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Sean Daly  

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  • Mosaic: Is All the Good News Baked In? [View article]

    Thanks for your comment.

    The original piece was published last Wednesday and had a far more open-ended title, "Mosaic: What's Next for the Fertilizer Giant?"

    Yes, the fundamentals still look impressive going forward. However, the technical indicators I follow made me feel the stock price was stretched.

    From Friday 2/4 to Friday 2/11 MOS went from 82.25 to 88.32. Then Monday, it popped further to 89.10, followed by news items on Tuesday and Wednesday that seemed inherently negative for a sector that is so central to the "hot money" right now.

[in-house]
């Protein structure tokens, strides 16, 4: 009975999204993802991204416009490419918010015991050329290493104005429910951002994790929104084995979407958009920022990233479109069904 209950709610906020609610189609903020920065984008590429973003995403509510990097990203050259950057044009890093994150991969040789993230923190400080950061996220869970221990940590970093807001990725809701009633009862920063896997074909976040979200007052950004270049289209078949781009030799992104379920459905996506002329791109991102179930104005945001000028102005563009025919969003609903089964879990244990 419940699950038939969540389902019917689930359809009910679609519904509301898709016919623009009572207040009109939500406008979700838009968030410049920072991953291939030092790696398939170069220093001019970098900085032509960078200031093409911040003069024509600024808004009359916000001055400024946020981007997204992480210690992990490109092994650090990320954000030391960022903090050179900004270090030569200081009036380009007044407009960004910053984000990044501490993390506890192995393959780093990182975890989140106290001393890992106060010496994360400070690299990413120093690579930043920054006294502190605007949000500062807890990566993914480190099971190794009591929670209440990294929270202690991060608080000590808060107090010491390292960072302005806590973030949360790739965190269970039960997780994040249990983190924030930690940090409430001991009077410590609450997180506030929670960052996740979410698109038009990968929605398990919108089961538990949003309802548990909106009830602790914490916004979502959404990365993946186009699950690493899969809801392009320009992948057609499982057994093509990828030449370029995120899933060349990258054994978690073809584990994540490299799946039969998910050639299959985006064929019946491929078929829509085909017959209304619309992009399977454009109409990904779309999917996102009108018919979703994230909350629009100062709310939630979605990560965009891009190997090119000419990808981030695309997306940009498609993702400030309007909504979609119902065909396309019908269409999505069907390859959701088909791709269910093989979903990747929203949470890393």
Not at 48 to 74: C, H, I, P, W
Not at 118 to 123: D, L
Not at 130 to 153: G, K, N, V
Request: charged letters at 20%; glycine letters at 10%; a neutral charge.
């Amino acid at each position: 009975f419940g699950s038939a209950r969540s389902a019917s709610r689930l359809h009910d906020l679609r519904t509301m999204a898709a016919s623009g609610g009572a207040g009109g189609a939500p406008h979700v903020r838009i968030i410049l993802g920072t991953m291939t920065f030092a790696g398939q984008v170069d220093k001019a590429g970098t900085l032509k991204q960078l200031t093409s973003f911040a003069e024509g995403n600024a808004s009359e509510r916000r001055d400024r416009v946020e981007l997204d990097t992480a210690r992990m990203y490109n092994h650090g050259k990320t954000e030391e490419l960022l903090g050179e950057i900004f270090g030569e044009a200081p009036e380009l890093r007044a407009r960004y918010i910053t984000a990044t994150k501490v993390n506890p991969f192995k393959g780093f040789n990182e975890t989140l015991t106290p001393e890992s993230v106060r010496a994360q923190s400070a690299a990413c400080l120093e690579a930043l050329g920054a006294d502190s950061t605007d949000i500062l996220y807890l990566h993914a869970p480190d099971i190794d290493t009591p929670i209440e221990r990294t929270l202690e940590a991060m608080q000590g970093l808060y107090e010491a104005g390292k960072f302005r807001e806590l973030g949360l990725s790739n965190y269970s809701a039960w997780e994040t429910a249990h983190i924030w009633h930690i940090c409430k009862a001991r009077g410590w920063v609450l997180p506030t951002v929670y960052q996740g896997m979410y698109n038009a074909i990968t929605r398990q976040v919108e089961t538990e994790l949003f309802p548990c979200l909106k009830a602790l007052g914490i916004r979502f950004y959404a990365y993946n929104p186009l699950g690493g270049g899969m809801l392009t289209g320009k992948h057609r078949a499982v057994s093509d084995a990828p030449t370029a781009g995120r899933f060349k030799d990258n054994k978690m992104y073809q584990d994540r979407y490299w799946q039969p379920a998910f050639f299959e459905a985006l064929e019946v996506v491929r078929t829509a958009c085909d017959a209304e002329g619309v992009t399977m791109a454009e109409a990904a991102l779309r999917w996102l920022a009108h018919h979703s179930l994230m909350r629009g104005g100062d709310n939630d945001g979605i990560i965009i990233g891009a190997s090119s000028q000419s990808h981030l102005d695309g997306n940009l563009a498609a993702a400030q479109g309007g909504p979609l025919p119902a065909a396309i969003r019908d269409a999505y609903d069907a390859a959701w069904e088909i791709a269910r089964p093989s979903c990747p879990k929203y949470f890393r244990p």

I think the sector will see more volatility as it's entered a more "self-conscious" period in its run-up. Didn't the phrase "Food Crisis" just appear on the cover of this weekend's Businessweek?

    If the world pedals back from utter apocalypse --as it often does-- the news flow will turn to how the world is coping and grain prices are ameliorating. It may hurt multiple expansion for MOS, just as hints of softening prices may have hurt CF Friday, despite its numbers.

    The sector may enjoy another few months in the sun, but it will now be part of G20 discussion and State Department talking points.

    The time to have bought was back in either early August or mid December.
    Feb 21, 2011. 11:50 AM | 2 Likes Like |Link to Comment
  • How Former Canadian Income Trusts Can Protect Bond Investors From Dollar Debasement [View article]